Examining Wilson and title IX


Allie O'Brien and Ella Pearlman-Chang

Over the past decade, Wilson’s athletic programs have maintained steady compliance with Title IX. Annual reports submitted by the school athletic department for review by the DC Interscholastic Athletic Association (DCIAA) confirm this. Despite compliance, however, female athletes and teams at Wilson have often felt shortchanged in comparison to their male counterparts over the years. So what exactly is Title IX, what does it mandate, and how does it apply to sports at Wilson?

For all of its massive implications, Title IX of the Education Amendments of 1972 is surprisingly short. In just one sentence, it prohibits discrimination on the basis of sex in any educational institutions that receive federal funding. The law is applicable to all aspects of a school–academics, housing, and financial assistance, to name a few–but it garners the most attention in athletics.

Throughout Mitch Gore’s eight years serving as Wilson’s Athletic Director, student participation in sports has doubled. In the 2011-12 school year, roughly 25 percent of the student body participated in sports, compared with nearly 50 percent in the 2016-2017 school year. In this same time period, the discrepancy between male and female participation in sports was nearly eliminated. In the 2011-12 school year, there was a ten percent difference between female enrollment and female participation in sports. In other words, females represented 49 percent of Wilson’s total student body, but only 39 percent of Wilson’s athletes. Thanks to efforts by the athletic department, this gap was all but eliminated the very next year–there was only a one percent difference between female enrollment and athletic participation.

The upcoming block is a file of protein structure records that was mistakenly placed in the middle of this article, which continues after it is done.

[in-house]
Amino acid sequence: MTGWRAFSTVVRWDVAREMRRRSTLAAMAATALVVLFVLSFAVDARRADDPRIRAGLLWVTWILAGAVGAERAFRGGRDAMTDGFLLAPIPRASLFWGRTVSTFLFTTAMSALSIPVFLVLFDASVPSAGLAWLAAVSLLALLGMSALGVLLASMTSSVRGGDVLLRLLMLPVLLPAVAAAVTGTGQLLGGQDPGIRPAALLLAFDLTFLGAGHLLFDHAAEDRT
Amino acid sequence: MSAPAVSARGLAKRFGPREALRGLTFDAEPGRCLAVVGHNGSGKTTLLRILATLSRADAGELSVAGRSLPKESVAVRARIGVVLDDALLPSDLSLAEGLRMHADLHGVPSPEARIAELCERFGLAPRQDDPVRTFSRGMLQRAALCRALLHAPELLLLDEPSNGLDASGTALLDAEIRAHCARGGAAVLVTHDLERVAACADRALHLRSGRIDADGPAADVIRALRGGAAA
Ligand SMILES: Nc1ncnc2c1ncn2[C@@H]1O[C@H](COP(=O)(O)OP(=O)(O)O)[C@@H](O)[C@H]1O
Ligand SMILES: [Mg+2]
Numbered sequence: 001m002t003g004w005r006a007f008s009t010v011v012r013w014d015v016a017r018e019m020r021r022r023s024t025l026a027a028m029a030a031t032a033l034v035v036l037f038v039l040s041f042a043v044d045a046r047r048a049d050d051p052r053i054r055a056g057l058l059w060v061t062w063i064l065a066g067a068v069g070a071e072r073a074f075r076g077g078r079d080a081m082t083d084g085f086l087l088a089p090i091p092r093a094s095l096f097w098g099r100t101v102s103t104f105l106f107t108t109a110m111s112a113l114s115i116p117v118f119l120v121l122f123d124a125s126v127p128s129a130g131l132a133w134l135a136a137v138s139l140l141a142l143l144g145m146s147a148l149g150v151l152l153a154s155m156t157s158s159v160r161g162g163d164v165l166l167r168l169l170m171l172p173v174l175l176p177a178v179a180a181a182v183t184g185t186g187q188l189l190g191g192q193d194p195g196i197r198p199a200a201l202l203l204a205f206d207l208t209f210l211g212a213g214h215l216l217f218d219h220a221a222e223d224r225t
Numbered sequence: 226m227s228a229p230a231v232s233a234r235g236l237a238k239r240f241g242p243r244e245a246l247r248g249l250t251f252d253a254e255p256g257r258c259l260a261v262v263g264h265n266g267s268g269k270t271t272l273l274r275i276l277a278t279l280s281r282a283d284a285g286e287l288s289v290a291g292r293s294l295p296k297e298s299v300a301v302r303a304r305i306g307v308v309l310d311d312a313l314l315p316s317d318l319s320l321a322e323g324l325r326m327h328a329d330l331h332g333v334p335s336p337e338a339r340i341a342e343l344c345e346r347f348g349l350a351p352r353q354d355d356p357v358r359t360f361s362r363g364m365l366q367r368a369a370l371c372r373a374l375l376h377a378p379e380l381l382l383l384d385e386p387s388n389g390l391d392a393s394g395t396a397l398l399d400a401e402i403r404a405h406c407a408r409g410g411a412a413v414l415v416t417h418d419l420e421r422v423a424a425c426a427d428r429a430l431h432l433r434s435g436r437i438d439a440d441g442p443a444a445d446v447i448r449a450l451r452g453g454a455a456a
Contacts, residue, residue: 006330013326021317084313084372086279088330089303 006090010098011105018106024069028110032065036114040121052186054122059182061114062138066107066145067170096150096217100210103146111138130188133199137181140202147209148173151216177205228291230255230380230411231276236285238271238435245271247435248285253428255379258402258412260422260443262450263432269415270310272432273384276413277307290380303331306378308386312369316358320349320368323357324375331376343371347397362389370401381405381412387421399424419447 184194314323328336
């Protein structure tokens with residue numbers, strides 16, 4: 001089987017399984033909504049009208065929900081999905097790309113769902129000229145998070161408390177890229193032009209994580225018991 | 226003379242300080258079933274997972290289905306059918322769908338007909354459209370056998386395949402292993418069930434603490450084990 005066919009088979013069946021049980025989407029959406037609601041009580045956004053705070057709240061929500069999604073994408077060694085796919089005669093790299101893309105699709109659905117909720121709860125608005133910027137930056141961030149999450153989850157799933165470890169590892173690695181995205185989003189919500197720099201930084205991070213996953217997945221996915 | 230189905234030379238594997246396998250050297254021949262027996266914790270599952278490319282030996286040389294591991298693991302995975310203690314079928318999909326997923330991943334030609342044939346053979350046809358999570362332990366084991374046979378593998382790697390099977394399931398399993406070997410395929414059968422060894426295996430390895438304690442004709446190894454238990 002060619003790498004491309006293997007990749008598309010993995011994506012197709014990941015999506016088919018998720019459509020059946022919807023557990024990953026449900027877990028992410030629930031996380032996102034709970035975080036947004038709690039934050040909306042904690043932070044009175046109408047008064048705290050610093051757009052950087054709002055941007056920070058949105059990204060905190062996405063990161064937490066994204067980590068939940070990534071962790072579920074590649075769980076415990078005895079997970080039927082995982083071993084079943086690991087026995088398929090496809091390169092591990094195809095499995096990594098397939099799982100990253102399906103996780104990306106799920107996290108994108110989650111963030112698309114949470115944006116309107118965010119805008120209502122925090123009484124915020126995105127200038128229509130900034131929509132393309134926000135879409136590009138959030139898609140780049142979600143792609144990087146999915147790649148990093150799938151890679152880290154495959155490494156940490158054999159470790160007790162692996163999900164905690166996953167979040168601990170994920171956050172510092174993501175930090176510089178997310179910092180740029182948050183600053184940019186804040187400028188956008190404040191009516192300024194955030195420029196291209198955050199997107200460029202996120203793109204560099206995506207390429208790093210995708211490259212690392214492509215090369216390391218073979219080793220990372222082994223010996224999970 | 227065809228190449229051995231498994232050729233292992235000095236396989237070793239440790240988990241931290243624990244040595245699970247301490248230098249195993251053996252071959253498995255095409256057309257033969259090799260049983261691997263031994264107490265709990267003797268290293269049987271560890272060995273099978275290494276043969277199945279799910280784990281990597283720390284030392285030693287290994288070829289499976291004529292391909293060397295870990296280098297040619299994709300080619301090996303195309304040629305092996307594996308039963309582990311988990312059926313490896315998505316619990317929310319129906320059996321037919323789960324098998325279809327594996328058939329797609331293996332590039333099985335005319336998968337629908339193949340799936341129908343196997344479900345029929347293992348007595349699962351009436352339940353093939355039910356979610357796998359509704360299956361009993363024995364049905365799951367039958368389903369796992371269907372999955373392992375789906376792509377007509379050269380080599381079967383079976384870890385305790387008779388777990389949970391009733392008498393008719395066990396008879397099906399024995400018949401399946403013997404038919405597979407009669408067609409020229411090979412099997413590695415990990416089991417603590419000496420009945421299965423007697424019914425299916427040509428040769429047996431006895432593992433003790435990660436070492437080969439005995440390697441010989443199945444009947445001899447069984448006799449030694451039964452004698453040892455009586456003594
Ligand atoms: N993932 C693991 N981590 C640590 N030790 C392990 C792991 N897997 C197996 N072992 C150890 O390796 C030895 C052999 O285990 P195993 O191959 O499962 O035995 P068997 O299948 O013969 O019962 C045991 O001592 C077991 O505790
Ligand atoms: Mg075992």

Every year after submitting their annual reports to DCIAA, the Wilson athletic department is commended for full compliance with Title IX. Yet Title IX Coordinator and Women’s Sports Liaison, Patrice Arrington, is no stranger to internal complaints of gender inequality in Wilson’s athletic programs. This paradoxical discrepancy has a simple explanation: the minimalist nature of Title IX.

Counterintuitively, many issues of alleged gender inequality at Wilson are not punishable on the basis of Title IX violations. The law, in its simplicity, demands less than one might expect. In order to achieve compliance, the Wilson athletic department must prove to be meeting two primary standards: providing an equal number of programs of interest to both boys and girls, and allocating facilities fairly.

In 2013, the National Women’s Law Center (NWLC) filed a complaint against DCPS for violations of Title IX. Citing data from school year 2009-10, Gore’s first year as Athletic Director, and the year Wilson temporarily relocated to UDC, the NWLC claimed that girls in DCPS were provided an inadequate number of athletic programs to join, inferior coaches, and unequal access to playing fields.